There were two incumbents in the industry. One was Honeywell, which held the number two position, and the second was Nest, that held the number one position. In the case of Honeywell, they were the leading B2B product. Nest was the leading consumer product.

The typical response of Honeywell was to tighten its relationships with contractors. Instead of simply selling their thermostats, they started to give them away as a gift with purchase if you bought some of their equipment — air conditioners, furnaces, things along those lines. Their playbook was: we can always beat you on price because we’re a multi-billion dollar conglomerate that is not dependent on thermostat sales alone.

In the case of Nest, their default was to silence you by ramping up their advertising and marketing spend, and continue to stress their design credentials. Honeywell was the original creator of the thermostat, so they relied on legacy “we know this space better than anyone else because we created the thermostat” and Nest redesigned it.

What we did at ecobee was: one, set our sights on being the number one consumer brand, period… not the number one contractor brand. That in itself was a major unlock for the organization because until that moment they had no desire to be a consumer company.

The second was we designed a new product that addressed the fundamental pain point that all consumers experience, which is uneven temperatures in their home. We did that with the launch of room sensors. A room sensor would measure the temperature in the room that you were in, not just where your thermostat is located. That was a big, big unlock.

Then we designed something that was as beautiful as Nest, if not more so. We had the raw materials ready to take on the industry incumbent. Our position was “ecobee is for homes with more than one room.”

Digging at the competition, we knew that Nest had a stunning industrial design, but they hadn’t thought as deeply about the design of the product functionality. It was superficial design, not core design, which is designed to solve a consumer’s pain point.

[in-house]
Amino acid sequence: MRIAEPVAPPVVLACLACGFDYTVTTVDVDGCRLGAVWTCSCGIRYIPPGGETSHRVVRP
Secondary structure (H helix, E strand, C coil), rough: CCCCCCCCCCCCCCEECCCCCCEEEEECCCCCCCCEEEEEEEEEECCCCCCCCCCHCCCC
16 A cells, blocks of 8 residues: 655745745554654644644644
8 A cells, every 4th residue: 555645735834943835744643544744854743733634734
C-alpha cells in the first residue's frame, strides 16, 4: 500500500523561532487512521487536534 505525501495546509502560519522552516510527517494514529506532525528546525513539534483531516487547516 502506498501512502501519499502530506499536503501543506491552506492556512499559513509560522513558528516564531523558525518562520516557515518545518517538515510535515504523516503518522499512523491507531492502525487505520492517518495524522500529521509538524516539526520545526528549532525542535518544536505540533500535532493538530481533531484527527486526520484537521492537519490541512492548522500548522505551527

Within 12 months of launch, we unseated Honeywell and became the number two thermostat brand in North America. Two years later, sales were 12x and we won +30 percent of the market share. It was a great example of how a Challenger could unseat the industry incumbent by following the model I described earlier.

When we’re talking about Challenger Brands, we don’t usually think of Walmart, but you were a big part of Walmart’s sustainability efforts. How did your time there feed into and inform what you’re doing now?

Walmart was a phenomenal experience because it got me into the mind of Goliath. In working with Challenger Brands, it’s really important to understand how Goliath thinks. That experience helped me see the pace at which Walmart could move and therefore the amount of time that a Challenger would have to make a dent.

I also got great experience understanding what playbook the incumbent falls back on and where they’re likely to be vulnerable. I think Walmart is a phenomenal company that is still finding ways to stay relevant despite Amazon’s ascent.

You’ve been working with this methodology for quite some time, even if you didn’t define it as such.

I consider myself an underdog. It’s been like that for my entire existence. I feel like there’s a meaningful personal connection that I have: the world often underestimates Challengers, be it humans or brands. It’s great to be able to succeed without always being braggadocious about it — finding a way to succeed by being authentically you.

It’s what I try and help brands do, and it’s what I try and do on a personal level. That’s the essence of what we’re trying to do at 5&Vine: help Challenger Brands win, but doing so in a way that delivers both profit and purpose.

You can see Rahul Raj speak at Startupfest this summer, July 9–12, 2019. Learn more here.